There are all kinds of people that land Press & Industry passes at TIFF, but even the people who are here solely for press have very different needs. The kind of journalist I feel for the most right now are the ones who have to be the first out the door: people who write for publications that prioritize the “scoop” of the hot take. These are people who watch a movie and immediately run out the door to produce a 1200-take that immediately goes up on the website. Often, these remain the publication’s “official” take on the film, meaning that they will republish this interpretation that was written huddled in the corner of a movie theatre mere minutes after the credits rolled. Mostly I feel for these people because it’s simply not enough time to truly digest something (unless, I guess, it straight up stinks without the semblance of nuance), but I also feel because these are the pieces that people then have to grovel over three months later when the culture suddenly backlashes on whatever they talked up.
But this morning I feel for these people mostly because I was up until 2 in the morning watching the new Halloween movie and, when I woke up, I could already read the hottest of takes. I imagine they didn’t have a screening to get to in the morning. And if they did, well, have mercy on their mortal souls.
Though follow-ups to John Carpenter’s seminal, oft-imitated-but-never-bettered slasher have been fairly common in the last 40 years, this particular iteration has a few things setting it apart. It has Carpenter’s blessing, for one; he even did the music for it, just about the only creative endeavor he’s still up for these days. It comes from David Gordon Green, a director that has never really worked in horror but has proved to be fairly versatile from genre to genre. It brings back Jamie Lee Curtis, though she’s done that, too, and it has decided to completely do away with any mythology that has happened between the first film and now. Suffice to say that Halloween was my #1 wild card of the festival this year, because I truly didn’t know what to expect.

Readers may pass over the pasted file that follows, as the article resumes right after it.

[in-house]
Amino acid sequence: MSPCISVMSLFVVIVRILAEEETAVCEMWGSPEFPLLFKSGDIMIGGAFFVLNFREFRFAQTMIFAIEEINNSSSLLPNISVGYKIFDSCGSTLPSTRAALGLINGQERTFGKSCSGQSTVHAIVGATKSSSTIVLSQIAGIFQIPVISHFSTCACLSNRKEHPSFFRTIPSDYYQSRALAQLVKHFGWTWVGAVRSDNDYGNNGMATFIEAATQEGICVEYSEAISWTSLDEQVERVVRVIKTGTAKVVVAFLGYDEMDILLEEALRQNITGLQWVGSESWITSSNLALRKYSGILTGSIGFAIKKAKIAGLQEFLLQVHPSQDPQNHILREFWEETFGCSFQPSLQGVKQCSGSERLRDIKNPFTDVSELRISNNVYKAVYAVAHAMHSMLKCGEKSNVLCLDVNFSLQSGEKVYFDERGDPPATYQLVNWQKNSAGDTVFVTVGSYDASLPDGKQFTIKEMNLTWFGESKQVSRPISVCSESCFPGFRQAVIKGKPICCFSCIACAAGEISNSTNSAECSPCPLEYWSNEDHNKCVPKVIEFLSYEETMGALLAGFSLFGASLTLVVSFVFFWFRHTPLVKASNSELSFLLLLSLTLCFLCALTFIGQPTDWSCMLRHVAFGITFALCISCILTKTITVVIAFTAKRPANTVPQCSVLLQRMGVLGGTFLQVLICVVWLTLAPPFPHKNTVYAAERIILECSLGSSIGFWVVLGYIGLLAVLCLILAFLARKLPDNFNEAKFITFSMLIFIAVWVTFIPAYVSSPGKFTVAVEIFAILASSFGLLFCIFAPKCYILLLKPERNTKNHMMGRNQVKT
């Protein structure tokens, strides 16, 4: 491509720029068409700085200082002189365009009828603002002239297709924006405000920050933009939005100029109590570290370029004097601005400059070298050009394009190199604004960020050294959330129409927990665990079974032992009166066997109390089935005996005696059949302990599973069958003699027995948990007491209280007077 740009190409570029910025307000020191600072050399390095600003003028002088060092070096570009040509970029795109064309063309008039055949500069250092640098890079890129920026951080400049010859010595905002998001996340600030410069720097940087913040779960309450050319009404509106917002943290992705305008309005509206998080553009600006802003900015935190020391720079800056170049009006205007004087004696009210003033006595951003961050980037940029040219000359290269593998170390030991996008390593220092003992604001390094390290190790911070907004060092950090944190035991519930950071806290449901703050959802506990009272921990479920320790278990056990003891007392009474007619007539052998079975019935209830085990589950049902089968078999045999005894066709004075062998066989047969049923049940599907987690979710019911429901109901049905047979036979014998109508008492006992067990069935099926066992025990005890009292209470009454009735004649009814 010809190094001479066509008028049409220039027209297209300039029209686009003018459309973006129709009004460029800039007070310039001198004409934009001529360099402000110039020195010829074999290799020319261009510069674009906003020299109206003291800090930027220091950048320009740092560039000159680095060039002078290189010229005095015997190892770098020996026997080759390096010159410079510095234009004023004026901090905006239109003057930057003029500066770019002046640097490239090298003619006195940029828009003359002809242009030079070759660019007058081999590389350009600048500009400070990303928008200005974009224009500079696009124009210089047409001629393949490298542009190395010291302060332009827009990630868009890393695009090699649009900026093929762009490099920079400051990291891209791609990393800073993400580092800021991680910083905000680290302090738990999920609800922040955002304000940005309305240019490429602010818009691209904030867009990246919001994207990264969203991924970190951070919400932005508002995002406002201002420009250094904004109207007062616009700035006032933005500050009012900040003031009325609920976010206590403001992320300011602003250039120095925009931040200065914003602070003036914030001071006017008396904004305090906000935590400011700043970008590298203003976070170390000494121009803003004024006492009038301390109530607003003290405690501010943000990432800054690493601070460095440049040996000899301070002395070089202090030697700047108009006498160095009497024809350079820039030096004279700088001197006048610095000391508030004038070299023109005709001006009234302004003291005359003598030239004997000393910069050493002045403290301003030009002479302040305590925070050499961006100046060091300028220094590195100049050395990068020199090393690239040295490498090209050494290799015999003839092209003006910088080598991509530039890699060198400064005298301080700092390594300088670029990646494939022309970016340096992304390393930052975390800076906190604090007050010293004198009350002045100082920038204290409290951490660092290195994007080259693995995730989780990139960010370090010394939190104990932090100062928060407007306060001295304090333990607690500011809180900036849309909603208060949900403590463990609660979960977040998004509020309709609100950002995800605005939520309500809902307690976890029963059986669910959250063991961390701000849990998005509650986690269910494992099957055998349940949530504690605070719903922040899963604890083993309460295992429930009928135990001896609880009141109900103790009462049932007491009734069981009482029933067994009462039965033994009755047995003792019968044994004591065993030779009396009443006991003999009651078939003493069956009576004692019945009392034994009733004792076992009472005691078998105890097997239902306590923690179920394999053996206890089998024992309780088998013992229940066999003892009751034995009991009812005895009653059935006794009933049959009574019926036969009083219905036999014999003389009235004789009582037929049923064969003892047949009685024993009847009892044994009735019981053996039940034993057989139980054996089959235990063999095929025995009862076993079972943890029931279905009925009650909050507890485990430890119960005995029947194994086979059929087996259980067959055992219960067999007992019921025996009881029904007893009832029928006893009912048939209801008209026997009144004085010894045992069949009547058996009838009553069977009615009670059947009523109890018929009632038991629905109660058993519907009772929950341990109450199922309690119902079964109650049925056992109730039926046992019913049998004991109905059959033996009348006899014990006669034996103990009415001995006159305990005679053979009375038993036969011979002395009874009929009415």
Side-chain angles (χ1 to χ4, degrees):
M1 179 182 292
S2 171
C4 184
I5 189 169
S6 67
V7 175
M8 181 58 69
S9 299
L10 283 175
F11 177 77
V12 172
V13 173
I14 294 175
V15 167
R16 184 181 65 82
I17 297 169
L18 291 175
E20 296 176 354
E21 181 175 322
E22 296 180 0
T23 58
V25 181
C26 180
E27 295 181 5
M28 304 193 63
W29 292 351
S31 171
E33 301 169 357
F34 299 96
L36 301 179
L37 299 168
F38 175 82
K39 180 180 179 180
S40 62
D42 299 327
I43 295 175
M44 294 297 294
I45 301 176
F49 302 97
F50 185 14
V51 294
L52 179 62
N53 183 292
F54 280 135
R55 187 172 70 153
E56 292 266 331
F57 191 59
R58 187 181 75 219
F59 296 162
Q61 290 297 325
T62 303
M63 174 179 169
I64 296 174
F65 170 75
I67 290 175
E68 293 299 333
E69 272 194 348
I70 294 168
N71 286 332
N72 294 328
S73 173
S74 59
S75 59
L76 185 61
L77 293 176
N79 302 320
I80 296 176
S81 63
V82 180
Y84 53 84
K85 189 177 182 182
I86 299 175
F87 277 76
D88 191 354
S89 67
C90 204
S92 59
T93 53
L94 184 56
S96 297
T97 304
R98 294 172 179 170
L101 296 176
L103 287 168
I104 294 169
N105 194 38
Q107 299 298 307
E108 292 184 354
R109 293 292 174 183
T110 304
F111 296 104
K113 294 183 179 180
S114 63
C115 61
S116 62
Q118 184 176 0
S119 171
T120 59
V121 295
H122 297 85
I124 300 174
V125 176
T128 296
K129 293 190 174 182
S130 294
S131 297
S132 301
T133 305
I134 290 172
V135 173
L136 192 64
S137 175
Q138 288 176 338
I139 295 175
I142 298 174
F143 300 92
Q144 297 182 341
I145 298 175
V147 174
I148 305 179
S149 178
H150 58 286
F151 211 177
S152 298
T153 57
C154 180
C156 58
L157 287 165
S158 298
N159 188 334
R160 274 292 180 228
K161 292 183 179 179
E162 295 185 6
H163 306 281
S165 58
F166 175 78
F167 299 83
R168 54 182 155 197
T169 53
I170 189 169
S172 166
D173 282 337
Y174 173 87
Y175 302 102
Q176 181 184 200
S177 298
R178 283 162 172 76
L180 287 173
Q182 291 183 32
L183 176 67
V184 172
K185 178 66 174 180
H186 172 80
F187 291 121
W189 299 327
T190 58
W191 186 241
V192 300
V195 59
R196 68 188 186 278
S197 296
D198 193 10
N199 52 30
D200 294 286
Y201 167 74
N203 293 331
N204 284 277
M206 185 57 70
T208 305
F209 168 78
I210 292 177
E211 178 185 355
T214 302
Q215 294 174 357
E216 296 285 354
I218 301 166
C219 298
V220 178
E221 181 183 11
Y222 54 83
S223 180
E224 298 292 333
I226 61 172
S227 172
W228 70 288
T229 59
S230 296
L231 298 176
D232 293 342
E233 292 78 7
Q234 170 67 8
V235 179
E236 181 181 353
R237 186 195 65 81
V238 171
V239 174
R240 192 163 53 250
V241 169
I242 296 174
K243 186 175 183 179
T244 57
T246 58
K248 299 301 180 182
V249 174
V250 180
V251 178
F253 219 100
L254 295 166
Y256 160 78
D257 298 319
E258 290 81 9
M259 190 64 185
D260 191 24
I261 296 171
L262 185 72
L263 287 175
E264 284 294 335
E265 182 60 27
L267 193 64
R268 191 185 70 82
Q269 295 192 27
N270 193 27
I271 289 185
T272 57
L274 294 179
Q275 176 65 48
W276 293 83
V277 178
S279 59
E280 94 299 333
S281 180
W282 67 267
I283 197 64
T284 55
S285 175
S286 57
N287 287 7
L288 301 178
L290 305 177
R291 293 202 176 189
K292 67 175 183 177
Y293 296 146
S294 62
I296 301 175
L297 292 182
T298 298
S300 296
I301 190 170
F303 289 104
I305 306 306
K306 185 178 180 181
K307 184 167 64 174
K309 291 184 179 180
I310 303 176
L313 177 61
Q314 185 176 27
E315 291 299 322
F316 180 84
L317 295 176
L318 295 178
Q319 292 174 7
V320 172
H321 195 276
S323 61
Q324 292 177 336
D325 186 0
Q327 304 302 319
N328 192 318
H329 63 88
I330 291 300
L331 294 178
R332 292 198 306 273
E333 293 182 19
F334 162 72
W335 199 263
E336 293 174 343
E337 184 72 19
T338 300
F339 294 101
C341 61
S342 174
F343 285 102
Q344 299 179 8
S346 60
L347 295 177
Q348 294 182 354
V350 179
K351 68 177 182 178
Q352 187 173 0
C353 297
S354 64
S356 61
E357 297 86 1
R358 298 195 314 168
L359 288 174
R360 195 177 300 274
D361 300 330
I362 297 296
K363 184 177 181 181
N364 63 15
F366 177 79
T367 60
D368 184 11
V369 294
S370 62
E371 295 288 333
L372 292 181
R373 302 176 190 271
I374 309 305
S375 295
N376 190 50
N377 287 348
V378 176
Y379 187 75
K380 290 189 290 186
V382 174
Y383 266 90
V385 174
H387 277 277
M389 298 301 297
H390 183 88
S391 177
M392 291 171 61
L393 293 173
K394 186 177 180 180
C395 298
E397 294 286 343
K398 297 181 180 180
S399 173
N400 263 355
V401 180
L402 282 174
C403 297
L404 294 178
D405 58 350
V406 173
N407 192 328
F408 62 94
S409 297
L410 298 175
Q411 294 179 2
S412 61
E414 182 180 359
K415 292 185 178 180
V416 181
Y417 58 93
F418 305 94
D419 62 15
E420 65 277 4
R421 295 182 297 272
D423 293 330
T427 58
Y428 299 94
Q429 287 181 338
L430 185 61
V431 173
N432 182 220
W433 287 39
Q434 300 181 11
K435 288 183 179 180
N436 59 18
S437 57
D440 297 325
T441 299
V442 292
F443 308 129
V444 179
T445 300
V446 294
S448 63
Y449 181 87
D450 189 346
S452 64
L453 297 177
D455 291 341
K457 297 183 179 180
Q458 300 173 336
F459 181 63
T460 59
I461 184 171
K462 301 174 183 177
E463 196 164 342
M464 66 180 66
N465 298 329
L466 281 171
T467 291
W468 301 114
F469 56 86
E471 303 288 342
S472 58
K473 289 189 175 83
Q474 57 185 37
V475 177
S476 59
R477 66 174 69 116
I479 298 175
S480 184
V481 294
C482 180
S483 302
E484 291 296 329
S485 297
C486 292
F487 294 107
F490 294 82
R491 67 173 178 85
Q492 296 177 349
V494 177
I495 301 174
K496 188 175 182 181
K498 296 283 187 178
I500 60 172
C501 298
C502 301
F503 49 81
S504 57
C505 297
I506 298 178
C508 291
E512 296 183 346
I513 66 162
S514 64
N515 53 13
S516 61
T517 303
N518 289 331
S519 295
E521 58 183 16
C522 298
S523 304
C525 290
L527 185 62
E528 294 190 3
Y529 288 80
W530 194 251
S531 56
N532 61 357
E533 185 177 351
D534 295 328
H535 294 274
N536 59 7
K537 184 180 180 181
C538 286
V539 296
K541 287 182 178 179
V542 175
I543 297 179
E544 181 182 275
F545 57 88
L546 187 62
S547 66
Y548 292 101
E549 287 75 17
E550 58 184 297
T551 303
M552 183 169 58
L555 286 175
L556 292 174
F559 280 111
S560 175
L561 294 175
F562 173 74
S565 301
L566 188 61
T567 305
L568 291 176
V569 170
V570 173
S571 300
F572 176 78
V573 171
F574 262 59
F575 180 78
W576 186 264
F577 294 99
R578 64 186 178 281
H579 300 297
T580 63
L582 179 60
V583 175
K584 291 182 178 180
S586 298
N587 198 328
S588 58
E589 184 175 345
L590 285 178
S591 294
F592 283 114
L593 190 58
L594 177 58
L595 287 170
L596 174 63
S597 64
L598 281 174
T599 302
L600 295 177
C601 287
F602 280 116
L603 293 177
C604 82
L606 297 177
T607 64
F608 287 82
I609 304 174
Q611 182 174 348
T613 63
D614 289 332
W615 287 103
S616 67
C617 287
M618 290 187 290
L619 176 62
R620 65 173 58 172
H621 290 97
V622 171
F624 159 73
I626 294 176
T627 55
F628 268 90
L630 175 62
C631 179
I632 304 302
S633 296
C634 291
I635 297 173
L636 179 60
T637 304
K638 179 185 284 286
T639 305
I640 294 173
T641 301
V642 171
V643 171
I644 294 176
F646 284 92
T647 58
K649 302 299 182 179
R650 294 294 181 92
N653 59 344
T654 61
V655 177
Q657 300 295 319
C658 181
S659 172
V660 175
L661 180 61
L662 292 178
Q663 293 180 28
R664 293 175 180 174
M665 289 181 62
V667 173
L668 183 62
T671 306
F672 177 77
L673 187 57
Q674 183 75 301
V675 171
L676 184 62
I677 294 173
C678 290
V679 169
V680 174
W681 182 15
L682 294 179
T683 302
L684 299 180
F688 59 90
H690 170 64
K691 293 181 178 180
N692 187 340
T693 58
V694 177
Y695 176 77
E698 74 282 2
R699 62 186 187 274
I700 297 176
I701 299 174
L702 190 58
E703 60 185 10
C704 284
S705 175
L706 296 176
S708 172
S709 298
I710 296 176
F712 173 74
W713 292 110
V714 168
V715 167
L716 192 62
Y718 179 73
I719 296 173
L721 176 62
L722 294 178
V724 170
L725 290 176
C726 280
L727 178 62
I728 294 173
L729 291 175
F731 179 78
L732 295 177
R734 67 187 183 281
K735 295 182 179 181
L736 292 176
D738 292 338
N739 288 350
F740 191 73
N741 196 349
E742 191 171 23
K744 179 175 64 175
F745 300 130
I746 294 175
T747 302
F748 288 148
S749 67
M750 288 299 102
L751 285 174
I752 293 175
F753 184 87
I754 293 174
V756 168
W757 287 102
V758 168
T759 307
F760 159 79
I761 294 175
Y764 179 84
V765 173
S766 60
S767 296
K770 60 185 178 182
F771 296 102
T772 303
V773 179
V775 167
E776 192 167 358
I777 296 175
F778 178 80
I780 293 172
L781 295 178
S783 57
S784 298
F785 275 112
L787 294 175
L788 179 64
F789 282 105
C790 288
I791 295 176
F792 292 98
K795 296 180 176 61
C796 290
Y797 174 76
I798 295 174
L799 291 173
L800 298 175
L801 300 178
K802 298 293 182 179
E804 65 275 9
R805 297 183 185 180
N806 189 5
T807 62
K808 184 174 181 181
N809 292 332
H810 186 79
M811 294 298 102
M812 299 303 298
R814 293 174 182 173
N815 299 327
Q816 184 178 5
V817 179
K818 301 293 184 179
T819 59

As it turns out, Green hasn’t exactly set out to reinvent the wheel. His Halloween is very much in line with the current trends in remakes, meaning it pays out plenty of fan service while also subverting the tropes of the original and jacking up everything – the gore, the style, the humour, the music – a notch or two. It mostly works: Green is a gifted visual stylist who understands how slashers have progressed in the interim, and even the poke-in-the-ribs fan service is done with panache. I could have done without some of the overt comedy, most of which comes in the form of supporting characters that all kind of sound like co-writer Danny McBride. I love the original Halloween but I’ve long come to realize that not much is sacred in the world of remakes, as far as I’m concerned, and this particular update is a lot of fun.
Halloween is in theatres October 19th.
If you didn’t know that director Dan Fogelman’s primary outlet is screenwriting, you’d be able to tell about five minutes into his new film Life Itself: it’s the most writer-y, most pleased-with-itself bit of meta fuckery you’re likely to see this year. Life Itself plays like an extremely condensed season of This is Us, the weepy drama series that Fogelman created; like that show, it’s concerned with the things that make us all human and the way that life inevitably intertwines beauty and tragedy and pathos and anger and disappointment and lust and so on.
The plot is much too complex to sum up in a capsule (another sure-fire sign that a writer is feeling it a little too much), but suffice to say that it involves the personal dramas and life-changing events of a handful of people over the course of decades. One man’s tragedy is another man’s life-altering miracle, sometimes someone close to you has to die horribly in order to make you who you are, etc. In his defense, Fogelman does have some degree of self-awareness when it comes to the starry-eyed ambition of the story he’s telling; since the film is also explicitly dealing with narrative (Olivia Wilde plays a grad student whose thesis centers on the idea of the unreliable narrator), it can literally spell out what it means.